Right away, some of my initial ideas are to have my first and last name slide in from each end and meet in the middle. The arrow pointing down would slide-up last and bounce before reaching it’s end position. Whenever navigation or buttons are hovered over, they could also bounce, or slightly tilt from side-to-side.

Animation is so often overlooked in design, but I think it’s something to really take advantage of. It’s one of the benefits of UI, really. Where else can you make your designs come to life? (Unless your a cartoonist of course). Web design offers so many opportunities to make someone go from saying “Eh” to “Wow, did you see that?” And I can promise you, (especially after my Artworks logo experience) that people will take notice, no matter how subtle it may seem.

Happy Creating (and animating)! 🙂


Trade Offs: Insights from Design Explosions

As designers, we are always curious to read and know about the latest trends in design and get other people’s opinions. Through a relatively new blogging platform called Medium, Design Explosions offers insights on just that. Their article about mapping apps gives some pretty in depth analysis and comparison between Apple and Google maps, and let me tell you, it is thorough!

The content and format of the article itself is extensive, yet easy to follow. The multiple side by side comparisons, along with the more “wireframey” views of each interface made the whole analysis easy to understand, and resulted in almost no scrolling back and forth to see what they are referring to. The analysis gave detailed insights about each app and what it’s strengths and weaknesses were, right down to the exact pixel! Seem a little overboard? Perhaps, but for someone just starting out with UI and UX design, this article really got me thinking.

The article made some great points about the UX of each app. They pointed out how many steps it took to do something, the awareness of the environment, and the placement of icons related to the thumb area. Both apps took a different approaches when it came to optimizing for driving. Google optimizes by having all the options on the screen ready in one tap and Apple optimizes by having everything tucked away so the map is bigger. This is one of the trade offs (as explained by the article) that designers face. I, too, have experienced some of these trade offs when designing my mobile portfolio site.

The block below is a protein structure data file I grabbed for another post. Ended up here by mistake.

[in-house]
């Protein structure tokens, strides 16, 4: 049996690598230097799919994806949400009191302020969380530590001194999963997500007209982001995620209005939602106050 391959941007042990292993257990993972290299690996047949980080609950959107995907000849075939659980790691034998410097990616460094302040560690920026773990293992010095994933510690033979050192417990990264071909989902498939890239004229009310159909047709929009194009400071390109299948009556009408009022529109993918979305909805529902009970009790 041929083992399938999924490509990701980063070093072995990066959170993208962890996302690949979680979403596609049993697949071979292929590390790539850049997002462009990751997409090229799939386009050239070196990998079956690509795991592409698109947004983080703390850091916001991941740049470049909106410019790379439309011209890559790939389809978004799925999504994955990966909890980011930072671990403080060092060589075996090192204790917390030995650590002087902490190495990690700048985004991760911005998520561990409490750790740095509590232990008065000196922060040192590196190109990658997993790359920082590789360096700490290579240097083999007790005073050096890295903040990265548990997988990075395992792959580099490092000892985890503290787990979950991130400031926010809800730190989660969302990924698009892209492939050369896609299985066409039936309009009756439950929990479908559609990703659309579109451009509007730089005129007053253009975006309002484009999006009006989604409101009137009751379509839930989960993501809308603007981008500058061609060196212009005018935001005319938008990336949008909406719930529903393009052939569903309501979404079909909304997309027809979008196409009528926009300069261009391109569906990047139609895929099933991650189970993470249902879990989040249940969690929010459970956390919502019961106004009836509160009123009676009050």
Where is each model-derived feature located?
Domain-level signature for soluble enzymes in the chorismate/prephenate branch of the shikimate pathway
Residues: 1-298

For my first prototype I used the controversial hamburger menu (the only hamburger people will ever argue about) in the upper right hand corner. Although this area is easy to reach, it seemed to lack any personality, and I wasn’t really thinking about the function of it once you scrolled down. A second prototype put the entire nav fixed at the bottom, sort of like Instagram. The benefit of this design is that it is only one tap to get from page to page. But unlike Instagram’s cute little icons, my nav was words, leaving almost no tap target room. Not to mention, where would my social media links go? And my entire brand identity is missing from page to page. I needed another solution.

The latest prototype still has the fixed nav at the bottom, but uses a “Menu” that slides in from the bottom that includes the nav, social media, and my brand on every page. And just like Google’s and Apple’s maps, this design definitely has some trade offs. It once again takes two taps to get to the next page, but with every trade off comes benefits. The nav is easy to reach, and is hidden just enough to not distract from the work above, and the added branding reminds the viewer what website they’re on. I don’t believe that this is the perfect solution, but I do believe that my progress has gotten me thinking more in depth about UX design and how trade offs can impact the user.